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Re: Art talent: Ability vs. effort

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From: Curt James (curt_james_at_TeacherArtExchange)
Date: Mon Jul 30 2001 - 15:52:01 PDT


Larry Seiler wrote:

<copy and paste quote>

"I practiced and practiced,
and one day in class a
student told on me for not
paying attention to the teacher's
lesson. The teacher came over,
and perhaps also perceptive of my
struggles to get along with the students
instead of making an example out of me
for having been distracted with
drawing held up a cartoon of Donald
I had been drawing. In third grade,
that nearly made me a hero. She made a
big deal...and soon I was being
asked to draw them on notebooks
of other kids in the playground.
The rest was history."

</copy and paste quote>

That is such a heart breaker.
Wouldn't it be wonderful if there
were more teachers like that teacher?
I am so glad to read your story.

And I loved your punchline as well:

> I wonder today, had I not received
> that kind of attention for figuring out
> a math problem...if I would not be an
> engineer making some really decent
> money! hahaha....

Your post really touched my heart.

I'm so glad that something a teacher
did could help you become more well-liked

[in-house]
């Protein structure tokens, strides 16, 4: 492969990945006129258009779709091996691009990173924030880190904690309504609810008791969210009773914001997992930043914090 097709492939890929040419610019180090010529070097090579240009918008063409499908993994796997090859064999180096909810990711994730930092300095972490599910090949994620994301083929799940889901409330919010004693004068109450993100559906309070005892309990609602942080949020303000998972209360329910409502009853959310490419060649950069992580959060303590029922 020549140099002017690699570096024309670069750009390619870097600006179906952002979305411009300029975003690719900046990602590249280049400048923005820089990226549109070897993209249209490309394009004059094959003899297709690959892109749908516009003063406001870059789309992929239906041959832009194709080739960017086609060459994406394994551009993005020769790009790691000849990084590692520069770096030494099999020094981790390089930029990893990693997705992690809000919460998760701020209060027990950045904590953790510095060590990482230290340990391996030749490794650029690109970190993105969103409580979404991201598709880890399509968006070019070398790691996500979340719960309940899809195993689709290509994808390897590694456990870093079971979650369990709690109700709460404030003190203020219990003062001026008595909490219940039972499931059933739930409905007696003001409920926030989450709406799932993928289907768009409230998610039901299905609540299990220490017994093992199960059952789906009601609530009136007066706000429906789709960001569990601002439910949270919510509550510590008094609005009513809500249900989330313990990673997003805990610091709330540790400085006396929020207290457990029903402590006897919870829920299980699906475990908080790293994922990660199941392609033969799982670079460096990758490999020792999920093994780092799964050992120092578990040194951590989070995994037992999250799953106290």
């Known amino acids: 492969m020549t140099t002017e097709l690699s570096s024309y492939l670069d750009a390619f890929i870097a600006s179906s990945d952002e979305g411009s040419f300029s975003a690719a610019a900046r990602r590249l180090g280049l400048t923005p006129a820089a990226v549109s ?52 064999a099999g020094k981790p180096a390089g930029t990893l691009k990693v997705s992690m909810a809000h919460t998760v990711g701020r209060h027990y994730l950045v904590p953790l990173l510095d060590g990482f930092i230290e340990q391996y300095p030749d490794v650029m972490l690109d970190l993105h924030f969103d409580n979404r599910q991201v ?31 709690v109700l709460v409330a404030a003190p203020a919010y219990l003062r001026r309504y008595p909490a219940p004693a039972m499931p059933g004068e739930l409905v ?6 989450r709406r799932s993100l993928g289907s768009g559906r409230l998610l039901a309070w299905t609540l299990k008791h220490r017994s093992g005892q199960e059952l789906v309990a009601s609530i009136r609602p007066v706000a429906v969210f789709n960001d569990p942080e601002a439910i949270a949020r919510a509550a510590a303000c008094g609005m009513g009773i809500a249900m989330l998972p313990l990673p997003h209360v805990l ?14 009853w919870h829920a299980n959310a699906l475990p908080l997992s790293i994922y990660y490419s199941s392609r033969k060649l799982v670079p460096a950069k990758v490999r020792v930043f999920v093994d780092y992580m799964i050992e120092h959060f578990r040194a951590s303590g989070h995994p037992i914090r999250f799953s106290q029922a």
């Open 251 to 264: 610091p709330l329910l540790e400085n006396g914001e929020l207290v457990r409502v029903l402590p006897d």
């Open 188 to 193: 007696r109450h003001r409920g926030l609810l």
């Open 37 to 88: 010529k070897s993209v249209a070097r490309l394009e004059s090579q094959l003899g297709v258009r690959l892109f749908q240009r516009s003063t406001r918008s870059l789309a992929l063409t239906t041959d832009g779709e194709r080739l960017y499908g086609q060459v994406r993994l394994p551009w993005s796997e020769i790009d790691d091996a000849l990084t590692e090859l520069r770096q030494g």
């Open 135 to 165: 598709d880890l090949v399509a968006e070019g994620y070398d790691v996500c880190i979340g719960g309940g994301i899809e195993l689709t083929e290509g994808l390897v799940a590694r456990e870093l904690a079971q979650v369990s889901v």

or popular in school.

Their action - praising you - helped you
to fit in! This doesn't happen to
every child, unfortunately.

Kevan Nitzberg wrote:

<copy and paste quote>

"That energy that is fueled from within,
though, needs to be nurtured and
shaped. Therein lies the effort that
is necessary for anyone to truly
realize their potential. A propensity
for greatness does not insure its
successful realization. Effort
must therefore go hand in hand with
ability in order to insure a positive
flow of creativity and accomplishment."

</copy and paste quote>

I repeatedly told the students during
my recent long-term position that I would
grade on effort and cooperation more
than on what work is "the prettiest."

Beautiful work is wonderful to see, but
encouraging the students to really try
their best as well as to put forth
that extra effort is what will truly
bring them success in the long run, imo.

-- 
Curt (in PA, art certification K-12)
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